En­vi­ron­men­tal crimes cost world econ $258B

Business Mirror - - THE WORLD - Bloomberg News

EN­VI­RON­MEN­TAL crimes are ris­ing due to weak laws and en­force­ment, cost­ing the global econ­omy as much as a record $258 bil­lion, about a quar­ter more than pre­vi­ously es­ti­mated, the United Na­tions En­vi­ron­ment Pro­gram (Unep) and In­ter­pol said.

The groups re­leased a study on Satur­day, on the eve of World En­vi­ron­ment Day, that said the pro­ceeds from crimes, rang­ing from il­le­gal log­ging to the traf­fick­ing of haz­ardous waste and il­licit gold mining, are fund­ing rebel groups and crim­i­nal syn­di­cates.

The scourge in­cludes a rise in the poach­ing of ele­phants and rhi­nos, along with white- col­lar crimes, such as ex­ploit­ing the car­bon credit mar­ket.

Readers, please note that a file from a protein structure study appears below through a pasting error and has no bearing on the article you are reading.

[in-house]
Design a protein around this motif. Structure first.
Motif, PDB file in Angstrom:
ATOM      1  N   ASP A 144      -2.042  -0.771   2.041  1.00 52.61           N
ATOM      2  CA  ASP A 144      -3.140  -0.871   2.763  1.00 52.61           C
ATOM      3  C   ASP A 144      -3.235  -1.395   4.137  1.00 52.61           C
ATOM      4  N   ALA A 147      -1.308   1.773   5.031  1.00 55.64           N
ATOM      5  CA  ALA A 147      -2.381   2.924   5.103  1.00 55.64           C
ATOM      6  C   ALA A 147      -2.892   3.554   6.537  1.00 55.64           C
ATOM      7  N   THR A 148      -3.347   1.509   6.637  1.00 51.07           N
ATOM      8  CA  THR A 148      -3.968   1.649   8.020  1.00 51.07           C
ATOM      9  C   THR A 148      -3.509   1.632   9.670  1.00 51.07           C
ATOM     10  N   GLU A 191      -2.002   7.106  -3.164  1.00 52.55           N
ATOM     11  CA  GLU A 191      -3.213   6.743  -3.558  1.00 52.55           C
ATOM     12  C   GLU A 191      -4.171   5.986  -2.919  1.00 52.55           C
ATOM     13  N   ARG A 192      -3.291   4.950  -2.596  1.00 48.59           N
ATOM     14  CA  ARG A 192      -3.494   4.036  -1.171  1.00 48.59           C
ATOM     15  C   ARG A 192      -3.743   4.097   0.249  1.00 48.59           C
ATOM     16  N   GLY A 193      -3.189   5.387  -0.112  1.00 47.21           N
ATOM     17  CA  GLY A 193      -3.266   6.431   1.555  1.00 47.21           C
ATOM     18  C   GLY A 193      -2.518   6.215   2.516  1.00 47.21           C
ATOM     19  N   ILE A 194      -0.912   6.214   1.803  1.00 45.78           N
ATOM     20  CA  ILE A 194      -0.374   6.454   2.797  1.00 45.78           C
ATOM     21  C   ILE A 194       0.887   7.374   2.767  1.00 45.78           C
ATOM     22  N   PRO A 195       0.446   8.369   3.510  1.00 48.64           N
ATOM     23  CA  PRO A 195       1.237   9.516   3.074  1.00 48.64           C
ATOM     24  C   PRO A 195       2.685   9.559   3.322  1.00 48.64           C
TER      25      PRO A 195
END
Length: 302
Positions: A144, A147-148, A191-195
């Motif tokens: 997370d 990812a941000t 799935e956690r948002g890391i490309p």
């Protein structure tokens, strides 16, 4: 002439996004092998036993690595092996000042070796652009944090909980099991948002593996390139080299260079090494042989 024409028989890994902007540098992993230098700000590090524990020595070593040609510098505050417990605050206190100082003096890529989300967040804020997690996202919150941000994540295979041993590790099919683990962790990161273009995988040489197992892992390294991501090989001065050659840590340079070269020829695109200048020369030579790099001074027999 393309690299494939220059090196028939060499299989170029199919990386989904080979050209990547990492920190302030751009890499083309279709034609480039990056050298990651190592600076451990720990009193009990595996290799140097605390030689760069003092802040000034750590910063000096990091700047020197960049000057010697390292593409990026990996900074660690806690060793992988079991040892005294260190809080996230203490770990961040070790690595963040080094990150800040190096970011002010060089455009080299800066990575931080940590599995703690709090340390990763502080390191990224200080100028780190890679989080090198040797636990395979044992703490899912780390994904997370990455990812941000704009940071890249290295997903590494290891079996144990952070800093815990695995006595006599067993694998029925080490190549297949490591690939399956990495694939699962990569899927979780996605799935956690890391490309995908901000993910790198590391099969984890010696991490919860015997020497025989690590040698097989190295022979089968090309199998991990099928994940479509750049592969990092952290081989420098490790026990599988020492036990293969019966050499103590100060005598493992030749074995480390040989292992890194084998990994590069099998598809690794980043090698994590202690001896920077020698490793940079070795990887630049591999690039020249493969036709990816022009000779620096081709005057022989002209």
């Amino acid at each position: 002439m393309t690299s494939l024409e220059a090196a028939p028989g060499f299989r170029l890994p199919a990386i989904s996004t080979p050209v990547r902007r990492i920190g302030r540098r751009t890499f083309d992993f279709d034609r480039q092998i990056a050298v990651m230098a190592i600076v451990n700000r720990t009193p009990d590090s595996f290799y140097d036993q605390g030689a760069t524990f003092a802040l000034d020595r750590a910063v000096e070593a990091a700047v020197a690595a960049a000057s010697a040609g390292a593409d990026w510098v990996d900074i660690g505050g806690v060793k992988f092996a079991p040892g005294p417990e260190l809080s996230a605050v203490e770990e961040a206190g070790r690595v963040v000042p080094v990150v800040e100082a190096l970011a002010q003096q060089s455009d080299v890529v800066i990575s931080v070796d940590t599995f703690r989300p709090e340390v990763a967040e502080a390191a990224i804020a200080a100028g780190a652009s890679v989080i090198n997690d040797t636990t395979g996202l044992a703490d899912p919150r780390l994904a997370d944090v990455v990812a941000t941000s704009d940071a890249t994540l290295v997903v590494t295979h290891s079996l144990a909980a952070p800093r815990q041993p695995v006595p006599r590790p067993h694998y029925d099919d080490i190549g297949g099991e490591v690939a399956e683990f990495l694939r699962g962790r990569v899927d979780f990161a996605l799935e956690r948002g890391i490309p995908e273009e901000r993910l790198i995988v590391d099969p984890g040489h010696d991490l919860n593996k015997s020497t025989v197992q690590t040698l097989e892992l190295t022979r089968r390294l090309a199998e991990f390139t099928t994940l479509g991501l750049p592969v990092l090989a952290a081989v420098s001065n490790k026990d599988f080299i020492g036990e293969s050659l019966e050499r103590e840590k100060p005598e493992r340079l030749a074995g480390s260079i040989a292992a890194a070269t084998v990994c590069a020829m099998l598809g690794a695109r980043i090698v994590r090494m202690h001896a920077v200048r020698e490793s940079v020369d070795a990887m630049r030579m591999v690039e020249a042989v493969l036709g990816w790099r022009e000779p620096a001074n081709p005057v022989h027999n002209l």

Unep and In­ter­pol said en­vi­ron­men­tal crimes now cost be­tween $91 bil­lion and $258 bil­lion, com­pared with a 2014 es­ti­mate of $70 bil­lion to $213 bil­lion.

“The last decade has seen en­vi­ron­men­tal crime rise by at least 5 per­cent to 7 per­cent per year,” grow­ing two to three times faster than global eco­nomic out­put, they said in an e-mailed state­ment.

The agen­cies called for stronger ac­tions, such as leg­is­la­tion and sanc­tions, and for more in­vest­ment, say­ing in­ter­na­tional agen­cies’ spend­ing of $20 mil­lion to $30 mil­lion a year to com­bat the crimes is just a small frac­tion of the crim­i­nal pro­ceeds.

Their rec­om­men­da­tions in­clude dis­rupt­ing over­seas tax havens and boost­ing eco­nomic in­cen­tives to stop peo­ple “at the bot­tom of the en­vi­ron­men­tal crime chain” from get­ting in­volved.

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